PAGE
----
Validity of using immunohistochemistry to predict treatment outcome in patients with non-small cell lung cancer not otherwise specified
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Histology samples are important for the appropriate administration of tumor type-specific cytotoxic and molecular-targeted therapies for the treatment of non-small cell lung cancer (NSCLC). When biopsy samples lack a definite morphology, a diagnosis can be selected from three subtypes based on immunohistochemistry (IHC) results, as follows: favor adenocarcinoma (ADC), favor squamous cell carcinoma (SQC), or not otherwise specified (NOS)-null. In terms of patient outcome, however, the validity of IHC-based classifications remains unknown.
A large series of 152 patients with advanced NSCLC whose diagnoses had been made based on morphological findings and who had been homogeneously treated were enrolled. We used IHC staining (TTF-1, SP-A, p40, and CK5/6) to examine tumor samples and refined the diagnoses. We then analyzed the pathological subgroups according to the IHC staining results.
IHC profiling resulted in 50% of the cases being classified as favor ADC, 31% being classified as favor SQC, and 19% being classified as NOS-null groups. Compared with the favor ADC and favor SQC groups, the NOS-null group had a significantly poorer outcome. Pemetrexed-containing platinum regimens produced a response rate similar to that of other platinum doublet regimens in the favor ADC group (44% vs. 46%), whereas it produced a poorer response in the favor SQC group (0% vs. 52%) and the NOS-null group (0% vs. 24%). The favor ADC group tended to have a higher percentage of EGFR positivity and ALK positivity than the favor SQC group (25% vs. 11% and 7% vs. 0%, respectively).
These findings support the use of immunohistological subtyping of NSCLC biopsy specimens to select patient-appropriate treatments.
KeywordsImmunohistochemistry Non-small cell lung cancer Not otherwise specified Pemetrexed Outcome
This work was not funded by a grant from any companies or organizations.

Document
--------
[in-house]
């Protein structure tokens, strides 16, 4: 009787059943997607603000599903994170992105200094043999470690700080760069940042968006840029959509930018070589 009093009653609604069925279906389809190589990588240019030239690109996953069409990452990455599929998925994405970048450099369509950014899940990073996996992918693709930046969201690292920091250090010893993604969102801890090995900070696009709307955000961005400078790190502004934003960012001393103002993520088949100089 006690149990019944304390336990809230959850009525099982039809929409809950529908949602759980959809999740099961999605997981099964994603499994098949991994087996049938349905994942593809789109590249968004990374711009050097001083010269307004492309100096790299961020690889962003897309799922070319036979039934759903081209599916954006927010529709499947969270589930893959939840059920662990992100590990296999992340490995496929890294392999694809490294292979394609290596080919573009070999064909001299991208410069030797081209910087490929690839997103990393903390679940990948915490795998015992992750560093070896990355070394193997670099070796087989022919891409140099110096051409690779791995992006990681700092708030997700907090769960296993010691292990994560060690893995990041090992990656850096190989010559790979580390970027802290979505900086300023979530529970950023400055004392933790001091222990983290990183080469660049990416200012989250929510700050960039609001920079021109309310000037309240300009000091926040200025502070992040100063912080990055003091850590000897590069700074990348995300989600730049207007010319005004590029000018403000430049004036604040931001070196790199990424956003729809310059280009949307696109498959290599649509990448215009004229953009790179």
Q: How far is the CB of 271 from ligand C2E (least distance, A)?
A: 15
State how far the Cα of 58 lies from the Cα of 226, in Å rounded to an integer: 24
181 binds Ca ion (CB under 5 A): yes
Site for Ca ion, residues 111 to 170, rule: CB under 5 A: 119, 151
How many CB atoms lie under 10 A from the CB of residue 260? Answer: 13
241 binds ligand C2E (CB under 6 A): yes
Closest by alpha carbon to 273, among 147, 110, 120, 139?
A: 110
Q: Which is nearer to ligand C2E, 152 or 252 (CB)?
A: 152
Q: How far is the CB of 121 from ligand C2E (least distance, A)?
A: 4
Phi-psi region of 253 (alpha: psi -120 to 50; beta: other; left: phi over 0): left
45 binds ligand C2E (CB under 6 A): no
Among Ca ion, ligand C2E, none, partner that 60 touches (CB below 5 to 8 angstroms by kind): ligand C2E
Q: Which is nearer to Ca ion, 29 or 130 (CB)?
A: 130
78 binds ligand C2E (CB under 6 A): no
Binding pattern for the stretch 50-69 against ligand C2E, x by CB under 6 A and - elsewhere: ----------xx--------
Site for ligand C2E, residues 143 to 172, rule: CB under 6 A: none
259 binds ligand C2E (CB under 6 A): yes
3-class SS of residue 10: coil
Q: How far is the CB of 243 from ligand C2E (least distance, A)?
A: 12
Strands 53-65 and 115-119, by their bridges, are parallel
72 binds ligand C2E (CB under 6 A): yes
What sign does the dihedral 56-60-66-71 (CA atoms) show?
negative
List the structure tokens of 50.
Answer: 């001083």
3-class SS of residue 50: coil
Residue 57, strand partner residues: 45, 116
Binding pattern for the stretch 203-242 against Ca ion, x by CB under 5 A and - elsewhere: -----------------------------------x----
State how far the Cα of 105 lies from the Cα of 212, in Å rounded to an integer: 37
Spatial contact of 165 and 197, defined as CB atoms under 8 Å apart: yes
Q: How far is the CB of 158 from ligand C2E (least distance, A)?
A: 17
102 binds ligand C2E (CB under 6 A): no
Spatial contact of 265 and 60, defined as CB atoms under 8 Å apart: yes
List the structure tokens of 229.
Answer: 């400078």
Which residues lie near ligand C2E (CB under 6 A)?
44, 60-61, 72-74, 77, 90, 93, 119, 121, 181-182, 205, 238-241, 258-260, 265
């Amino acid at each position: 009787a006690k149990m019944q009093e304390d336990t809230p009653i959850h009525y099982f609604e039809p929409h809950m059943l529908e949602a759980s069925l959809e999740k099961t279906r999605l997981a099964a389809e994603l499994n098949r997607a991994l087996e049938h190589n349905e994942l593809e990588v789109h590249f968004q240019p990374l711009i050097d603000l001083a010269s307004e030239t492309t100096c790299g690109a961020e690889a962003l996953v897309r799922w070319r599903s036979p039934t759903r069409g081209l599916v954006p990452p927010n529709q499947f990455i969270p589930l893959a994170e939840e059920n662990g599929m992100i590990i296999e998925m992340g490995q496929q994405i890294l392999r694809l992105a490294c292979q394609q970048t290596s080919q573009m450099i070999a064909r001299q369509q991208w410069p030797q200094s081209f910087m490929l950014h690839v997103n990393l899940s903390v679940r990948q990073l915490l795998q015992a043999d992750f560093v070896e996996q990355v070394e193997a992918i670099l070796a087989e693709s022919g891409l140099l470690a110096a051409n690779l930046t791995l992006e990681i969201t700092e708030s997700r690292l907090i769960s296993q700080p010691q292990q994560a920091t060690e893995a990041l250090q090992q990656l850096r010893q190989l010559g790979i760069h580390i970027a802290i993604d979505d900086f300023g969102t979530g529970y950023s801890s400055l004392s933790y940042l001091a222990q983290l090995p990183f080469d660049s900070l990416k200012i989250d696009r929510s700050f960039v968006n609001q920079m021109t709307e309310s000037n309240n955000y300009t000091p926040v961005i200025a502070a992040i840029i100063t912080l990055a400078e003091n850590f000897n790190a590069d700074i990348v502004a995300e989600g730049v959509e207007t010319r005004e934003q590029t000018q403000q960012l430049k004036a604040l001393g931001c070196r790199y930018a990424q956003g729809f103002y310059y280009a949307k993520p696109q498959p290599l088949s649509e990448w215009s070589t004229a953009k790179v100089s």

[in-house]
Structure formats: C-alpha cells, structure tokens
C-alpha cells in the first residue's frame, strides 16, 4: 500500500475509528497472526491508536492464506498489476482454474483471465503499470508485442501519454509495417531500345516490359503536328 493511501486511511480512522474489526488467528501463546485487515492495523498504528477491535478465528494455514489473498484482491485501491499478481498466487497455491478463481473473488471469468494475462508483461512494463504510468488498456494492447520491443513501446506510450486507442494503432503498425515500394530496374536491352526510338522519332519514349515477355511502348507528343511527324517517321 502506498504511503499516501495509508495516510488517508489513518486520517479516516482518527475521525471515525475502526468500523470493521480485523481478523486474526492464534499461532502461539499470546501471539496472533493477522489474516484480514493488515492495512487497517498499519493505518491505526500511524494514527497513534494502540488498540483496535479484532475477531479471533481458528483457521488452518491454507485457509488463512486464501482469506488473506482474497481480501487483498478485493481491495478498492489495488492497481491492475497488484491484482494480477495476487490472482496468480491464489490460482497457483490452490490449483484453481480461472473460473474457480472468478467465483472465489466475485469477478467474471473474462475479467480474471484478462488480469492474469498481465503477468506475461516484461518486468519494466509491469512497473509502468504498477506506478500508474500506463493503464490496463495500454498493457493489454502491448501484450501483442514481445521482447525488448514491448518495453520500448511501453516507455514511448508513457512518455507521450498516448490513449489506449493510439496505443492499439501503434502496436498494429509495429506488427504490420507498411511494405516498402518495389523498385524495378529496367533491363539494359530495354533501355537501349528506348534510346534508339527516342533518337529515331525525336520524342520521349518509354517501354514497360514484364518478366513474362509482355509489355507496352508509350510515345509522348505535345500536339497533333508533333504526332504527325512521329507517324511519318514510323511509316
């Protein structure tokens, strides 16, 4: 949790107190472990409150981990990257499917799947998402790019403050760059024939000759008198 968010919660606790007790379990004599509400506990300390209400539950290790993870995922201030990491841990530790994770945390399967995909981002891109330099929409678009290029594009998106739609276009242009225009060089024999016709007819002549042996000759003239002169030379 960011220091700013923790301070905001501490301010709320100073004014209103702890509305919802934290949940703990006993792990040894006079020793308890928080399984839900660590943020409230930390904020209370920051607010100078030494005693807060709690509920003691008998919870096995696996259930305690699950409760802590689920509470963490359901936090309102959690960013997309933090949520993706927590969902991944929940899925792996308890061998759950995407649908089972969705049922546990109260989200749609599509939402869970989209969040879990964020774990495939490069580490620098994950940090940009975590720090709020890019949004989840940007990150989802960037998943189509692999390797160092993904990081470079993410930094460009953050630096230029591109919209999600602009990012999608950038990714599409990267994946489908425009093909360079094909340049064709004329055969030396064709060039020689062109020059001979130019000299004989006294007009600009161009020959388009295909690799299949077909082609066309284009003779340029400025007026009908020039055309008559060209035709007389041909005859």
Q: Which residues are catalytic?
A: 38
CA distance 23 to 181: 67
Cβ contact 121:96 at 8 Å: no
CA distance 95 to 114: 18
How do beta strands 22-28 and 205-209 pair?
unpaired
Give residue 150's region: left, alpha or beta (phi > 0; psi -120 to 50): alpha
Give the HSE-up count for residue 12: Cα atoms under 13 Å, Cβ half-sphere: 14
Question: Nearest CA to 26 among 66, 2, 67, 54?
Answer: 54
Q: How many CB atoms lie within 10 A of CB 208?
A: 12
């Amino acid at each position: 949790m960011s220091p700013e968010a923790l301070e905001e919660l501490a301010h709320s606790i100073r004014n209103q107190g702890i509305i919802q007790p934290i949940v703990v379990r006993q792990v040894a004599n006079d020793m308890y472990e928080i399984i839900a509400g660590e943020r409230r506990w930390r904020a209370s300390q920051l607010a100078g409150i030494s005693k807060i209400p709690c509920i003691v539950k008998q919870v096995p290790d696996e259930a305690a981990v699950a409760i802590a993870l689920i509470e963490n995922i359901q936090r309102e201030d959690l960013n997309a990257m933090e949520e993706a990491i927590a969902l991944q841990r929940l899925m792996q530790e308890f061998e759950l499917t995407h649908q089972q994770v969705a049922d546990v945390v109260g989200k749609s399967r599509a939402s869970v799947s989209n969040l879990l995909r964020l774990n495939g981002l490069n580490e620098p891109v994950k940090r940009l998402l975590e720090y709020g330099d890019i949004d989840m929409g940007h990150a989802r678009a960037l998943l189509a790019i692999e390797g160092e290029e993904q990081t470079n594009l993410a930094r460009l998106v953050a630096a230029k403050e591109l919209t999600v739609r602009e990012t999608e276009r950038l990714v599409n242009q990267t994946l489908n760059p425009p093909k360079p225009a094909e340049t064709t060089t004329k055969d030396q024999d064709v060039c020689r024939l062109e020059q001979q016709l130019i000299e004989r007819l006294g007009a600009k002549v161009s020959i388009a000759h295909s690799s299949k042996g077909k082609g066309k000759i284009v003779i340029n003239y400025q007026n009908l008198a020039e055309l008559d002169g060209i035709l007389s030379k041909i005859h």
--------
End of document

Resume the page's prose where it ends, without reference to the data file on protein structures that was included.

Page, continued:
Compliance with ethical standards
Conflict of interest
Dr. Kirita reports personal fees from AstraZeneca, personal fees from Boehringer Ingelheim, personal fees from Chugai Pharmaceutical, personal fees from MSD, personal fees from Novartis Pharma, personal fees from Pfizer, personal fees from Roche, and personal fees from Boston, outside the submitted work. Dr. Udagawa reports personal fees from AstraZeneca, grants and personal fees from MSD, personal fees from Taiho, personal fees from Amco, grants and personal fees from AbbVie, personal fees from Chugai Pharmaceutical, personal fees from Bristol-Myers Squibb, personal fees from Ono Pharmaceutical, grants from Daiichi Sankyo, and grants from AMGEN, outside the submitted work. Dr. Matsumoto reports grants from Chugai Pharmaceutical Co., Ltd., grants from Novartis Pharma K.K., and grants from Merck Serono Co., Ltd., outside the submitted work. Dr. Yoh reports grants and personal fees from Ono Pharmaceutical, grants and personal fees from Taiho Pharmaceutical, grants and personal fees from Chugai Pharma, grants and personal fees from AstraZeneca, grants and personal fees from Lilly Japan, personal fees from Boehringer Ingelheim, grants and personal fees from Novartis, grants from Pfizer, grants and personal fees from MSD, grants from Bristol-Myers Squibb, and grants from Bayer, outside the submitted work. Dr. Niho reports personal fees from Bristol-Myers Squibb, personal fees from MSD, personal fees from Chugai, grants and personal fees from AstraZeneca, grants from Merck Serono, and grants and personal fees from Pfizer, outside the submitted work. Dr. Goto reports grants and personal fees from Eli Lilly, during the conduct of the study; grants and personal fees from AbbVie Stemcentrx, grants from Ignyta, personal fees from F. Hoffmann-La Roche, grants and personal fees from Life Technologies Japan, grants from Oxonc, personal fees from Otsuka Pharmaceutical, grants and personal fees from RIKEN GENESIS, personal fees from SRL, grants and personal fees from Sumitomo Dainippon Pharma, grants and personal fees from AstraZeneca, grants from Astellas Pharma, grants from Amgen Astellas BioPharma, grants and personal fees from Boehringer Ingelheim, grants and personal fees from Bristol-Myers Squibb, grants and personal fees from Chugai Pharmaceutical, grants and personal fees from Daiichi Sankyo, grants from Eisai, grants and personal fees from Kyowa Hakko Kirin, grants and personal fees from MSD, grants and personal fees from Merck Serono, grants and personal fees from Novartis Pharma, grants and personal fees from ONO Pharmaceutical, grants and personal fees from Pfizer, grants and personal fees from Taiho, grants and personal fees from Takeda Pharmaceutical, and grants from Janssen Pharmaceutical, outside the submitted work. None of the other authors has any conflict of interest to declare.
The study was conducted with the approval of the Institutional Review Boards of the National Cancer Center. The IRB approval number for this study was 2016-125. All the methods were performed in accordance with the approved guidelines.
All the specimens were collected after obtaining written comprehensive informed consent from the patients.
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